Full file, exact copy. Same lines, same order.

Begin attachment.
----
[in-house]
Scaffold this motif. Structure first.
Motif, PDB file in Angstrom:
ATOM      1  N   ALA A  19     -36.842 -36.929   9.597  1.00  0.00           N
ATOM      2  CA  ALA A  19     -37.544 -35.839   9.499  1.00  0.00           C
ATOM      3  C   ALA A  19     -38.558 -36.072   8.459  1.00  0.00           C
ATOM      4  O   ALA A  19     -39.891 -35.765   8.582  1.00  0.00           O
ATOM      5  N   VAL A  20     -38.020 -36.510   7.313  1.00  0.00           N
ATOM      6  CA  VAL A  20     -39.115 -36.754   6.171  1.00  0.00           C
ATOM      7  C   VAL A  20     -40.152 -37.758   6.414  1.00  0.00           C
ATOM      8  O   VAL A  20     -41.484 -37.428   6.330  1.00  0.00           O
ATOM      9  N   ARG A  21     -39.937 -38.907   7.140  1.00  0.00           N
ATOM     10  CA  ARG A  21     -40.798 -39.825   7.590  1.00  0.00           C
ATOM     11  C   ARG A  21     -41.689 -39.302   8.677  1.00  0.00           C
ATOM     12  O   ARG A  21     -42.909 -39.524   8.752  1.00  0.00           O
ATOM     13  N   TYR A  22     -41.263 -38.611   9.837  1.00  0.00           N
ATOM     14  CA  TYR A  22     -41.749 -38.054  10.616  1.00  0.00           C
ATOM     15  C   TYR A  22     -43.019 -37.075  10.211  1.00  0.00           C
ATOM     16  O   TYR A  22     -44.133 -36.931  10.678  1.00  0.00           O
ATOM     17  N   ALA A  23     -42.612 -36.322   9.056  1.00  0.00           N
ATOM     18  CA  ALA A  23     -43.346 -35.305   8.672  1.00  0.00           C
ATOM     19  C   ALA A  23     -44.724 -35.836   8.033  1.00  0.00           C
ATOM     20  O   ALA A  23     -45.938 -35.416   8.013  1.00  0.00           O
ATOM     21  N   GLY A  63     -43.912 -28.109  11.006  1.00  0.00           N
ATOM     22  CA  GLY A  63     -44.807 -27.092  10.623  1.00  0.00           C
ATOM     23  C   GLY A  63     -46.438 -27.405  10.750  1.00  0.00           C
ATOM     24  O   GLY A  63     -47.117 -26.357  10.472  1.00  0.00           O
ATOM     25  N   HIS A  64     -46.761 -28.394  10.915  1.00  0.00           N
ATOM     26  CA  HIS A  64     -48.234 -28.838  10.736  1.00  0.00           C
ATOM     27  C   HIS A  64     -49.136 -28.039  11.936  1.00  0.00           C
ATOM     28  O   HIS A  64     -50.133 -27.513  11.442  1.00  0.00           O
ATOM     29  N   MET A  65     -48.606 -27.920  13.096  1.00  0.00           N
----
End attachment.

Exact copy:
[in-house]
Scaffold this motif. Structure first.
Motif, PDB file in Angstrom:
ATOM      1  N   ALA A  19     -36.842 -36.929   9.597  1.00  0.00           N
ATOM      2  CA  ALA A  19     -37.544 -35.839   9.499  1.00  0.00           C
ATOM      3  C   ALA A  19     -38.558 -36.072   8.459  1.00  0.00           C
ATOM      4  O   ALA A  19     -39.891 -35.765   8.582  1.00  0.00           O
ATOM      5  N   VAL A  20     -38.020 -36.510   7.313  1.00  0.00           N
ATOM      6  CA  VAL A  20     -39.115 -36.754   6.171  1.00  0.00           C
ATOM      7  C   VAL A  20     -40.152 -37.758   6.414  1.00  0.00           C
ATOM      8  O   VAL A  20     -41.484 -37.428   6.330  1.00  0.00           O
ATOM      9  N   ARG A  21     -39.937 -38.907   7.140  1.00  0.00           N
ATOM     10  CA  ARG A  21     -40.798 -39.825   7.590  1.00  0.00           C
ATOM     11  C   ARG A  21     -41.689 -39.302   8.677  1.00  0.00           C
ATOM     12  O   ARG A  21     -42.909 -39.524   8.752  1.00  0.00           O
ATOM     13  N   TYR A  22     -41.263 -38.611   9.837  1.00  0.00           N
ATOM     14  CA  TYR A  22     -41.749 -38.054  10.616  1.00  0.00           C
ATOM     15  C   TYR A  22     -43.019 -37.075  10.211  1.00  0.00           C
ATOM     16  O   TYR A  22     -44.133 -36.931  10.678  1.00  0.00           O
ATOM     17  N   ALA A  23     -42.612 -36.322   9.056  1.00  0.00           N
ATOM     18  CA  ALA A  23     -43.346 -35.305   8.672  1.00  0.00           C
ATOM     19  C   ALA A  23     -44.724 -35.836   8.033  1.00  0.00           C
ATOM     20  O   ALA A  23     -45.938 -35.416   8.013  1.00  0.00           O
ATOM     21  N   GLY A  63     -43.912 -28.109  11.006  1.00  0.00           N
ATOM     22  CA  GLY A  63     -44.807 -27.092  10.623  1.00  0.00           C
ATOM     23  C   GLY A  63     -46.438 -27.405  10.750  1.00  0.00           C
ATOM     24  O   GLY A  63     -47.117 -26.357  10.472  1.00  0.00           O
ATOM     25  N   HIS A  64     -46.761 -28.394  10.915  1.00  0.00           N
ATOM     26  CA  HIS A  64     -48.234 -28.838  10.736  1.00  0.00           C
ATOM     27  C   HIS A  64     -49.136 -28.039  11.936  1.00  0.00           C
ATOM     28  O   HIS A  64     -50.133 -27.513  11.442  1.00  0.00           O
ATOM     29  N   MET A  65     -48.606 -27.920  13.096  1.00  0.00           N